Australia's indicators

My page on Australia

Welcome to the page of Australia's indicator's! On this page i will be discussing Australias top indicators. Hope you enjoy!



Australia is home to an estimated population of 20.6 million people. Most of the present populace of Australia are descendants of the 19 th and 20 th century settlers from countries like Britain and Ireland who made Australia their home. Also, we must not forget about the indigenous people who make up 2.2% of Australia's population.

Water source

Australia's rainfall is the lowest of all continents in the world (excluding Antarctica). Despite this, Australia has one of the highest per capita water consumption rates in the world. Most states and territories have reported that the sustainable yield of each of the surface water and groundwater management areas has been calculated and reported. However, in outback areas of Australia where there is a low level of water resource development, the sustainable yields are generally not calculated.

Engergy (coal)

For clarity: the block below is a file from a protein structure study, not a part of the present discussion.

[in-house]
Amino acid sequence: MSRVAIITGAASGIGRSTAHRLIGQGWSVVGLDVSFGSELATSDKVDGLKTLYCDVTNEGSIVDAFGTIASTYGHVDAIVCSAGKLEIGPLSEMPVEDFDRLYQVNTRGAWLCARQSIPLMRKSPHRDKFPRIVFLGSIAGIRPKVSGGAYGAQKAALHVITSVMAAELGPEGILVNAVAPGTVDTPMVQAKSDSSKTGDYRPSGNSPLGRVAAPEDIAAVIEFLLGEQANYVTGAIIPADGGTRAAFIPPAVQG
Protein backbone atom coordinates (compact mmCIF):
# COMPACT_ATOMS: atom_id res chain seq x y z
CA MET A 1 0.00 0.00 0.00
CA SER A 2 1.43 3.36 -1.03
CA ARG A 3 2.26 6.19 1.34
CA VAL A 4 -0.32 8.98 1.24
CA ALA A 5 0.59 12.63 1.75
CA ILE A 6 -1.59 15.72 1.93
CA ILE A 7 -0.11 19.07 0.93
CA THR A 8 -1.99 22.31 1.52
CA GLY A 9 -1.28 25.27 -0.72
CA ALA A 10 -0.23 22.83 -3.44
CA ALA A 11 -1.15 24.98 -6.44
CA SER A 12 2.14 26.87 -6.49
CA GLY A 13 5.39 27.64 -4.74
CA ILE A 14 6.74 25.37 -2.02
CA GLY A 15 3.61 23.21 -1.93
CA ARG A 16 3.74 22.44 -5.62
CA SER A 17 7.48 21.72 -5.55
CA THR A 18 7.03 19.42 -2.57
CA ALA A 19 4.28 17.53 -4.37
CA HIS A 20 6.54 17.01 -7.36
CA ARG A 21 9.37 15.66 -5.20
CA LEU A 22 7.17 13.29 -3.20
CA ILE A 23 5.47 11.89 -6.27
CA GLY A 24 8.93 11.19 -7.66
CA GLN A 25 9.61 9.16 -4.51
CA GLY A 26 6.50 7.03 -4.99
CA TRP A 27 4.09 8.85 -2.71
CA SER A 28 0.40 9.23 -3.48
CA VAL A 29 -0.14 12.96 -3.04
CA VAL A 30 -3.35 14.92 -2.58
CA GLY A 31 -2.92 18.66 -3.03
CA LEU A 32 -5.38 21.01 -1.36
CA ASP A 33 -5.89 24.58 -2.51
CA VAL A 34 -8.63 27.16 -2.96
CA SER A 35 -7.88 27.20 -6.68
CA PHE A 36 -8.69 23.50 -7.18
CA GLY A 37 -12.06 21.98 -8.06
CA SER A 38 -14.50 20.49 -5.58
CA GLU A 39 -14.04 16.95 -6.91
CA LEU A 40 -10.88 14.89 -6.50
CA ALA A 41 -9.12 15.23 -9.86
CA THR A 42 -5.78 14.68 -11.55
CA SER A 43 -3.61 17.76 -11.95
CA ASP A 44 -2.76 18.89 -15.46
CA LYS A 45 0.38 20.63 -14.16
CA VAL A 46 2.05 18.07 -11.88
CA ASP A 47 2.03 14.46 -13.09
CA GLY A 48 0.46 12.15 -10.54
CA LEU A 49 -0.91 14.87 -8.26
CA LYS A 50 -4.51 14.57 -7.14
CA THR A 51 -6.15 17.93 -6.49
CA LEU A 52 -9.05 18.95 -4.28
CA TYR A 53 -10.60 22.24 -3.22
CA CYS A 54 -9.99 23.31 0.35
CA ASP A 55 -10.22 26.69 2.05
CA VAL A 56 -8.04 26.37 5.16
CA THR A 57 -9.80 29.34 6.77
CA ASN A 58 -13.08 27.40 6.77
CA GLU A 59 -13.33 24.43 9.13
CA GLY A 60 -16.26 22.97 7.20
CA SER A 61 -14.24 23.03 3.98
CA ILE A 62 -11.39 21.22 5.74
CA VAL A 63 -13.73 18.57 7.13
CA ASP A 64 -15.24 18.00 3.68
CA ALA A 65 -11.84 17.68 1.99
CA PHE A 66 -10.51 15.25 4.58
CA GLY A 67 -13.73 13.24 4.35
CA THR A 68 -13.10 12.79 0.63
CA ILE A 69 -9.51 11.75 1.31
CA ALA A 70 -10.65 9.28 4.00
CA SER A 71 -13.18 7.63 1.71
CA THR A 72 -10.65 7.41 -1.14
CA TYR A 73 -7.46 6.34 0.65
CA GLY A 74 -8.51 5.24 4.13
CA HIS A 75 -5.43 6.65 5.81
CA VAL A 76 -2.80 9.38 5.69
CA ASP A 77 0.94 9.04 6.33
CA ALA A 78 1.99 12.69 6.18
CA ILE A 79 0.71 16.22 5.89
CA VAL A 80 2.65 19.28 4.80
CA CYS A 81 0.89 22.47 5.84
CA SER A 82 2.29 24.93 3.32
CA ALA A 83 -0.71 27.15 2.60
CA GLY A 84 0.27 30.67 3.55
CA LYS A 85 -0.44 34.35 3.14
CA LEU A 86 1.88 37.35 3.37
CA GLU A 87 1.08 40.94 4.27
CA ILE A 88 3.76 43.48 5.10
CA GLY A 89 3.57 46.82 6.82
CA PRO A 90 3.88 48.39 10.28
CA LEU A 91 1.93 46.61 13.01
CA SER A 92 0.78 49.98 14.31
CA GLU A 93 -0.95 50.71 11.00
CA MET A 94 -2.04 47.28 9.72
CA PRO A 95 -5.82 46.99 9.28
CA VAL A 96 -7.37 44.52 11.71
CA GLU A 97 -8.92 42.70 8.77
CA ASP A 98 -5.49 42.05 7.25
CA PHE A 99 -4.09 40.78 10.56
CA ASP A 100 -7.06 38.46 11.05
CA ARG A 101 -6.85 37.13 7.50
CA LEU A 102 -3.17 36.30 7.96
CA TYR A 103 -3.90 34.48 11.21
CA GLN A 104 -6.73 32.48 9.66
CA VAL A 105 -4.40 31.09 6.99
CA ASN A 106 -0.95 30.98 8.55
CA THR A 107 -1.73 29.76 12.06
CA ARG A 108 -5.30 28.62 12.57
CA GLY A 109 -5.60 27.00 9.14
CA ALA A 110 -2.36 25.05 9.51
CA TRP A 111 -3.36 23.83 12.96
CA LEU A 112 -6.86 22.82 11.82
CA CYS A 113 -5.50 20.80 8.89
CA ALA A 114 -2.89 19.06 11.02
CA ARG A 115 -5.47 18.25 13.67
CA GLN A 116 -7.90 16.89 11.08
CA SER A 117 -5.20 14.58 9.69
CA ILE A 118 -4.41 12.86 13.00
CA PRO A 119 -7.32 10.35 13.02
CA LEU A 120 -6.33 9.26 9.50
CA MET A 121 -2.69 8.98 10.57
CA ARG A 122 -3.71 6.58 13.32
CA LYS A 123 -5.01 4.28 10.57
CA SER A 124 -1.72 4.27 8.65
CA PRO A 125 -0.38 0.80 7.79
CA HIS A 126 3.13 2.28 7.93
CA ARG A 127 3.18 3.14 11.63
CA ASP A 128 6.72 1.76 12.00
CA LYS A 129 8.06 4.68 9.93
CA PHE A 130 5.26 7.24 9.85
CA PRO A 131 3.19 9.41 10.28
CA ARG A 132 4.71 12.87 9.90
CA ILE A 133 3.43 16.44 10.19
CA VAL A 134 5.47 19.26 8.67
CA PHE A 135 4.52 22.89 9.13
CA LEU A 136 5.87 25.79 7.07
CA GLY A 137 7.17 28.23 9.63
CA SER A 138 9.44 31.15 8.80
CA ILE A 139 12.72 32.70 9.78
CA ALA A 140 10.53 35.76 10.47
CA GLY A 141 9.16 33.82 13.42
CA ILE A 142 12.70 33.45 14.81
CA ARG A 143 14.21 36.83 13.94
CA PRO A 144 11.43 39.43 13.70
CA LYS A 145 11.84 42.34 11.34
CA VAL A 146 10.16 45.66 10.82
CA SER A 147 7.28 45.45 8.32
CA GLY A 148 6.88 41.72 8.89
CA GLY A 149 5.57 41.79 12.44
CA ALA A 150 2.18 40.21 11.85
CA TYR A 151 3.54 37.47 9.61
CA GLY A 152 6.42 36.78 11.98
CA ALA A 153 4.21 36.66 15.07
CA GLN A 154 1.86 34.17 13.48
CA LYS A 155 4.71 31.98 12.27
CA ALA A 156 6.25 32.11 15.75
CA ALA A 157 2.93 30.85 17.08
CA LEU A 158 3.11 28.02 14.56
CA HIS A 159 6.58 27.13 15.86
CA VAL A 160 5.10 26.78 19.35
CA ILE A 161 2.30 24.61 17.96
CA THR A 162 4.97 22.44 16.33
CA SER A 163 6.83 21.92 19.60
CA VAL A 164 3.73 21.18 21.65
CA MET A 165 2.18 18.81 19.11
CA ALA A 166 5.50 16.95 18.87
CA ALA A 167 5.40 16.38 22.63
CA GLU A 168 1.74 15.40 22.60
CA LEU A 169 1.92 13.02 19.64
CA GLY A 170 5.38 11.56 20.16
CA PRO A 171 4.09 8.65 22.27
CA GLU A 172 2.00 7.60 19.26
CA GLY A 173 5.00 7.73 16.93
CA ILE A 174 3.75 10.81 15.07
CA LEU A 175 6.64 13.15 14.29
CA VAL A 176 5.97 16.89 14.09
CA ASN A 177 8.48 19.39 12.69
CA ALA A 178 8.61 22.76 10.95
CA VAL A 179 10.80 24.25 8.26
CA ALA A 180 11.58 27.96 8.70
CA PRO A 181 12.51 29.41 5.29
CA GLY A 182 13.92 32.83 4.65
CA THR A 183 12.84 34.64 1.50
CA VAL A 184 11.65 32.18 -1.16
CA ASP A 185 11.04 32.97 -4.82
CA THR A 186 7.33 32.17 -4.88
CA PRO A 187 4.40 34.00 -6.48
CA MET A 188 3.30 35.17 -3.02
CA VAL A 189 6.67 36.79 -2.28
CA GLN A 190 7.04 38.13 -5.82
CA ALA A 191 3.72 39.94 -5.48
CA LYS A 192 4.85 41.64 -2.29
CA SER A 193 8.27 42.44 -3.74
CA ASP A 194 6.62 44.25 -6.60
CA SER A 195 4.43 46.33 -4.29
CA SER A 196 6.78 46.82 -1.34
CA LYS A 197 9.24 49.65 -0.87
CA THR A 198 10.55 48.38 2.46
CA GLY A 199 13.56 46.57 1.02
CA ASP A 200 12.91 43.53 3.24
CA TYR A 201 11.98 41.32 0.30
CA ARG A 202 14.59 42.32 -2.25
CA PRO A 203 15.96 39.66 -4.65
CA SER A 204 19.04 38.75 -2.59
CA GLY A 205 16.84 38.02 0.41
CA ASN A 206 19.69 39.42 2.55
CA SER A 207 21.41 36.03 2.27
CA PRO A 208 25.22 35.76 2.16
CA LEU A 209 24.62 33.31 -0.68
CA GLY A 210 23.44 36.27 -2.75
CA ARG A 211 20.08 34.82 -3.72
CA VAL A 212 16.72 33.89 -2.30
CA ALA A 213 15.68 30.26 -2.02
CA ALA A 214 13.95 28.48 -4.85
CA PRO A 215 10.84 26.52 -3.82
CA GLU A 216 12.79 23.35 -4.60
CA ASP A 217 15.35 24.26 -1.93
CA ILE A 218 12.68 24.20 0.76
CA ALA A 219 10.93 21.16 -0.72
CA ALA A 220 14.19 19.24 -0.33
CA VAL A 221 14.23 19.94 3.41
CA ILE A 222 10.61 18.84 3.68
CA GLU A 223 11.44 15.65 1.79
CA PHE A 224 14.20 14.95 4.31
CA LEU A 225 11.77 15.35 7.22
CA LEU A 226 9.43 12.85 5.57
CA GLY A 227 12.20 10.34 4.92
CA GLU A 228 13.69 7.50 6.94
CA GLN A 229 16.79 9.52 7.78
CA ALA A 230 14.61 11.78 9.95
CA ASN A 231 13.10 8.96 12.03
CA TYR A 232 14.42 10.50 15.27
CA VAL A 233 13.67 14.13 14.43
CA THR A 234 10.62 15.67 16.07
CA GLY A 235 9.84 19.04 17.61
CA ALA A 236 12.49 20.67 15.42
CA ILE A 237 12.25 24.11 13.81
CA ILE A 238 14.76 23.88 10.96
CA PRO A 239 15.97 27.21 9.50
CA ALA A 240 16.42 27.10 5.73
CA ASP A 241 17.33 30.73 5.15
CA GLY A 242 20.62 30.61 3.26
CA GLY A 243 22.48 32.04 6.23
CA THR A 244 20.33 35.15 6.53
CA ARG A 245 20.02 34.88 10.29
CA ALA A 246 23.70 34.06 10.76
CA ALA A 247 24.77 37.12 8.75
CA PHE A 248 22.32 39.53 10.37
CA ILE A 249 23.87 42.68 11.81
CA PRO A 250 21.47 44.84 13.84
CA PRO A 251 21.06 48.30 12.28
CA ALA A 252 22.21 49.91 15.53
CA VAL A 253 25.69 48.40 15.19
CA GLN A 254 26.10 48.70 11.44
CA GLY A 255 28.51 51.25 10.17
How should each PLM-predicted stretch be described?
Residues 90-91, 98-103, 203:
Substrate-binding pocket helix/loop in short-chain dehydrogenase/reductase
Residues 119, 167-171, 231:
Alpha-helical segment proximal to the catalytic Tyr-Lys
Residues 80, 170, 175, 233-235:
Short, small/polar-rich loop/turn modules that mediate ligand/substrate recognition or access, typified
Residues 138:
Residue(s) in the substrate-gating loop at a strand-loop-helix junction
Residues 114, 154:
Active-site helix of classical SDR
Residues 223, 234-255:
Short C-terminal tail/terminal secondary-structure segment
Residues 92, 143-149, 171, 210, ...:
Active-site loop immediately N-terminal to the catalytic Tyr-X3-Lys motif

Australia is the fourth-largest coal producing country in the world. Newcastle is the largest coal export port in the world. In 2005, Australia mined 301 million tones of hard coal and 71 million tones of brown coal. Coal is mined in every state of Australia. It provides about 85% of Australia's electricity production and is Australia's largest export commodity. 75% of the coal mined in Australia is exported, mostly to eastern Asia.

Infant mortality

Over the past 10 years, Australia's male infant mortality rate has been consistently higher than that for females. Between 1998 and 2008, the male infant mortality rate decreased from 5.5 to 4.6 deaths per 1,000 live births, while the female infant mortality rate declined from 4.5 to 3.6.

Life expectancy

Life expectancy at birth in the decade to 2010 has, on average, been higher for females than males. A baby boy born in 2008-2010 could expect to live, on average, 79.5 years, while a baby girl born in 2008-2010 could expect to live 84.0 years. However, over the decade to 2010, life expectancy at birth for males increased more quickly (up 2.5 years) than for females (up 1.6 years).